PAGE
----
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Period poverty is getting worse in Nova Scotia, advocates say

Free tampons harder to get as new closures happen across the province

3 min read
caption Menstrual products available at Shoppers Drug Mart.
Talia Meade

As Nova Scotia enters its second wave of COVID-19, free menstrual products are getting harder to come by.

As more public places shut down again, period poverty worsens, said Linda Wilson, the executive director of Shelter Nova Scotia. Halifax Public Libraries offers free menstrual products in all their washrooms but almost all of them have closed due to the latest COVID-19 restrictions. Wilson said if other places like schools where menstrual products are available close, “it will be a crisis for sure.”

Period poverty is an issue affecting those who don’t have access to safe, hygienic menstrual products. Contributing to period poverty is the huge increase in homelessness since COVID-19 and a lack of affordable housing in the province, said Wilson. There are 490 people homeless in HRM as of Wednesday, according to the Affordable Housing Association of Nova Scotia.

Last year around the holidays, Wilson said, Shelter Nova Scotia was overwhelmed with menstrual product donations but this year, not so much.

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“The need has not gone away just because people aren’t talking about it,” said Erin Casey, founder of the Dignity Period campaign and a period poverty activist.

Casey’s campaign to collect menstrual product donations and raise awareness for period poverty started just over two years ago. Since the pandemic, Casey said the movement has been on pause.

“Period poverty is poverty,” said Casey, and the pandemic only worsens poverty. As public places like libraries and community centres close there is less access to menstrual products. “Anything that exacerbates poverty is going to exacerbate period poverty.”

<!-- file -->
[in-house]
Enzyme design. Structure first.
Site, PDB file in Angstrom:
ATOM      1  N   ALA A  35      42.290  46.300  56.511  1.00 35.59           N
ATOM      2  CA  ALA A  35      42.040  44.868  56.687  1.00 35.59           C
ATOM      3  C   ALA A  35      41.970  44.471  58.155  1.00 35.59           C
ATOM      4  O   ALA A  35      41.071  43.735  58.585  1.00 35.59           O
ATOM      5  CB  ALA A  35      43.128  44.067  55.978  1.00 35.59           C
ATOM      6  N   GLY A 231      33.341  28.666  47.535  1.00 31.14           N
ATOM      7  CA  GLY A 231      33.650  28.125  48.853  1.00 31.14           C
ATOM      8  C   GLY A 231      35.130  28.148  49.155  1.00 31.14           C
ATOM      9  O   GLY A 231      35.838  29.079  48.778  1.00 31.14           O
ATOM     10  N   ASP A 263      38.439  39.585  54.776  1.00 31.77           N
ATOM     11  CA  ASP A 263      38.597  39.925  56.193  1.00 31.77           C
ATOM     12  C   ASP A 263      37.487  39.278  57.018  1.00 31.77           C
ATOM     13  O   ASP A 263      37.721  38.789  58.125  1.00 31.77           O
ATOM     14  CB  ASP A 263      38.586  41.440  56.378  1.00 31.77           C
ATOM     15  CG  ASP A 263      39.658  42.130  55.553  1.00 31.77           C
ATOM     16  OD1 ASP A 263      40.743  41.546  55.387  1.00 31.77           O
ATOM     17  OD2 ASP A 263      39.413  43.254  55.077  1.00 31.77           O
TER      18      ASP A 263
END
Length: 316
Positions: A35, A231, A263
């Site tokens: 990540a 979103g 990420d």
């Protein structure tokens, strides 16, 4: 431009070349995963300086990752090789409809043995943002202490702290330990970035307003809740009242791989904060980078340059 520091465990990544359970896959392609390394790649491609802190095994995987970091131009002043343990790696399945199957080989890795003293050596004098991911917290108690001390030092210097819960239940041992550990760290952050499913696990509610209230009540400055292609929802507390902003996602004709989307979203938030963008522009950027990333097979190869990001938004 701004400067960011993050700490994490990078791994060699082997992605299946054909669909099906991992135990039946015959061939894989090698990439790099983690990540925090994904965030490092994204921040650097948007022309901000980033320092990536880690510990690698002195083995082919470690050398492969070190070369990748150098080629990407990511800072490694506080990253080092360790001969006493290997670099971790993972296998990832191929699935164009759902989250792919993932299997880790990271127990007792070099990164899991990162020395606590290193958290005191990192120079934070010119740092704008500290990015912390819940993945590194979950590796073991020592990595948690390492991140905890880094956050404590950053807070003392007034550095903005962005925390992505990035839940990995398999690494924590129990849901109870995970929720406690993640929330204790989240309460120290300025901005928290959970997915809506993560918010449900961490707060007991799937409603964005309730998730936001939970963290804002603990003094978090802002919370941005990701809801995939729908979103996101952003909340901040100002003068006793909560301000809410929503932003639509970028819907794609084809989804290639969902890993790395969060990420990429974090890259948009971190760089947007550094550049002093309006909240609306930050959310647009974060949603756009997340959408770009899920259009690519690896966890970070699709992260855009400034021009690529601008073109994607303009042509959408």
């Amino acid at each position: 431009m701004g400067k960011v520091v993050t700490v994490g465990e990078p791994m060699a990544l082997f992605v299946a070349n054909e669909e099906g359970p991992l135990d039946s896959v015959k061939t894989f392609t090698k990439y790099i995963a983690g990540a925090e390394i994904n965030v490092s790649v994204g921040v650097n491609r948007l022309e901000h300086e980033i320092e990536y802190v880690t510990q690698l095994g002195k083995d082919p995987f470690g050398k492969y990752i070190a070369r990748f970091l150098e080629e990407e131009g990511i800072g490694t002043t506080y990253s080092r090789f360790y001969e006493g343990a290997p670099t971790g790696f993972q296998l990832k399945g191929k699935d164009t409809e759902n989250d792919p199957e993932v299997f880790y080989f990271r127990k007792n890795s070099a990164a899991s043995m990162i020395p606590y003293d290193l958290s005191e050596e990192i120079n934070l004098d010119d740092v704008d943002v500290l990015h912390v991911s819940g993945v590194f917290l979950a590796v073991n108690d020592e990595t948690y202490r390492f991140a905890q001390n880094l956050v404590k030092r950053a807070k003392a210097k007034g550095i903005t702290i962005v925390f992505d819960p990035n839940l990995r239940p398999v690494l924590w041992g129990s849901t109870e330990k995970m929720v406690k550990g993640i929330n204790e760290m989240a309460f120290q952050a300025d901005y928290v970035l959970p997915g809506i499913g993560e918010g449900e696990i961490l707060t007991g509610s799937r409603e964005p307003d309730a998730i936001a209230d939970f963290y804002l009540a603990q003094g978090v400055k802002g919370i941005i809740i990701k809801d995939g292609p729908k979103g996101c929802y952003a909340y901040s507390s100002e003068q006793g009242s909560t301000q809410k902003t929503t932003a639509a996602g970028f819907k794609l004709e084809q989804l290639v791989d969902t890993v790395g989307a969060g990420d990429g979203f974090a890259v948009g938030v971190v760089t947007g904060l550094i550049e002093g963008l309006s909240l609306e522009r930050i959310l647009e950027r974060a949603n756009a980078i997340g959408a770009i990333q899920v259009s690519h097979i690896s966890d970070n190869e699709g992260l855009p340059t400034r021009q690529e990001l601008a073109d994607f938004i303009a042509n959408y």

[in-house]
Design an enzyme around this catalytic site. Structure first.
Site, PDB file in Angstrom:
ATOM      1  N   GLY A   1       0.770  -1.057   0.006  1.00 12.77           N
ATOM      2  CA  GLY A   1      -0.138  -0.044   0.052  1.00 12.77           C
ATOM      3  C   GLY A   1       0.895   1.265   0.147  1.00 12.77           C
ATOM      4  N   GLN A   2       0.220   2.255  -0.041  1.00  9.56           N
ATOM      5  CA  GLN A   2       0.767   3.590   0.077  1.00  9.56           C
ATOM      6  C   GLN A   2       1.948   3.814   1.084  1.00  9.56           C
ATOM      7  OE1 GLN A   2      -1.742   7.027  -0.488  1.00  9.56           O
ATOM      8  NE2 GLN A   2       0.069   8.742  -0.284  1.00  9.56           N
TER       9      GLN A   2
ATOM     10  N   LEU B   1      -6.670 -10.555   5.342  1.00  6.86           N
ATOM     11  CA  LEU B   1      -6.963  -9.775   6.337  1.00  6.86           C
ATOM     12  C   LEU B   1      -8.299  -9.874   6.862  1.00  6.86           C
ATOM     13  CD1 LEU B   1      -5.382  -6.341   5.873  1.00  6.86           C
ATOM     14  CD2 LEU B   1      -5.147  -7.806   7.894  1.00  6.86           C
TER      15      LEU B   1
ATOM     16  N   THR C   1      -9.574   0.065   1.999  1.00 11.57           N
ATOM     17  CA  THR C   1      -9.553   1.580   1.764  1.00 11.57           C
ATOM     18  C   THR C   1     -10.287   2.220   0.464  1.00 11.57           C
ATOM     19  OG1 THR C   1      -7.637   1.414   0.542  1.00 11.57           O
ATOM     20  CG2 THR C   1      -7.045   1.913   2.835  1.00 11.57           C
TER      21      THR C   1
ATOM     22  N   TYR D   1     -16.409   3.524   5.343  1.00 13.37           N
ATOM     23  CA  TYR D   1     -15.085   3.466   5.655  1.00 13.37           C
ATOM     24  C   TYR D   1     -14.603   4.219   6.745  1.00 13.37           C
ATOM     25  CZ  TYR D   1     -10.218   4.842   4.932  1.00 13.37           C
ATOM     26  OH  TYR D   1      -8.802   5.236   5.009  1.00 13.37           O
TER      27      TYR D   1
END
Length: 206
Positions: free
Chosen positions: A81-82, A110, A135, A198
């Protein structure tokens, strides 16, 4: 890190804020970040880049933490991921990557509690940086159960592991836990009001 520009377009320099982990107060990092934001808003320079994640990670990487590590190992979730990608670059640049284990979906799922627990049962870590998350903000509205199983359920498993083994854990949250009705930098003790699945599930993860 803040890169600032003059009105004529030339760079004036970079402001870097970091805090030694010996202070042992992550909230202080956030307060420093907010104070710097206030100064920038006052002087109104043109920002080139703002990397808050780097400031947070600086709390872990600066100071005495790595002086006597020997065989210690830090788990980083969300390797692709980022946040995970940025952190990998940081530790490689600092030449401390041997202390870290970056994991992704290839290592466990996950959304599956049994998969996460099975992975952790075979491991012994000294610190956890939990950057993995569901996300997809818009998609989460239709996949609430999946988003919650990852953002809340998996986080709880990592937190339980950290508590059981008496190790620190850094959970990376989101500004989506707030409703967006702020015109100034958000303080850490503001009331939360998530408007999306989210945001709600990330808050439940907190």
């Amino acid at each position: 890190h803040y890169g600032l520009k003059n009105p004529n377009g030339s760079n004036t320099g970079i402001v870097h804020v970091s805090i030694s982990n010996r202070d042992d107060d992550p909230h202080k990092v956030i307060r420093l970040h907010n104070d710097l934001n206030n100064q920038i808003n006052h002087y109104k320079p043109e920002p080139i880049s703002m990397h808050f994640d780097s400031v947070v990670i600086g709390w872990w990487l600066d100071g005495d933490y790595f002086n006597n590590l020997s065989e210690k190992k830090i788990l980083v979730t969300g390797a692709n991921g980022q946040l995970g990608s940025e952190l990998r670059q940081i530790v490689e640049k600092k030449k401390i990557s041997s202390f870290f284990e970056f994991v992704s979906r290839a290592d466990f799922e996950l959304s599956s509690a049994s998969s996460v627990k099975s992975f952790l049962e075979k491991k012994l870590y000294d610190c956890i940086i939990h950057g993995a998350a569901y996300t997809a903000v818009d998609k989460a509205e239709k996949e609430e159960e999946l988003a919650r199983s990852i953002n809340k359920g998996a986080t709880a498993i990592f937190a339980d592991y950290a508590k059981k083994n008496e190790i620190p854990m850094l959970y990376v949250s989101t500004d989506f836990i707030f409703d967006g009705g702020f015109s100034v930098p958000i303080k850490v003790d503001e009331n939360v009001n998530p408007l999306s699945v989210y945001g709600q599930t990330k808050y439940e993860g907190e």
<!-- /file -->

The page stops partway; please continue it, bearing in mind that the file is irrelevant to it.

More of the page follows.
One-third of Canadian women under 25 struggle with period poverty, according to Plan International Canada. That’s about one million people, said Casey.

“They’ve always struggled and they’re struggling even more now,” she said.

As we look towards rebuilding an economy, period poverty is something that employers need to be thinking about, said Casey. Providing menstrual products in the workplace is the next step in activism, she added.

“It shouldn’t be any different than toilet paper or soap,” said Casey.

Sandra Mullen is the vice-president of the Nova Scotia Government and General Employees Union. She has worked with United Way and Casey to collect donations for period poverty.

“When you’ve got three girls in your home … as a single parent, those are products that you need to buy every month. You have no choice in those matters,” said Mullen.

Mullen said the conversation surrounding period poverty opened up two years ago: “The day we brought up period poverty in a boardroom of mixed gender, the eyes popped and the mouths dropped just as they might have 50 years ago.”

Mullen said she believes we need to start the conversation again.

Taqdir Bhandal, CEO of I’m With Periods, said prior to the pandemic there had been a big push to get period products free in public places, but now because of financial hardships, people aren’t able to donate as much.

Bhandal imagines there’s going to be a shift in access to menstrual products and we’ll see a shortage of supplies in Nova Scotia. She said the demand to have free menstrual products available in every public place is even greater now.

How can you help? Next time you drop supplies off at your local food bank, include a box of pads or tampons, said Bhandal.

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About the author

Talia Meade

Student journalist from Ottawa. Interested in videography, creative nonfiction and politics.

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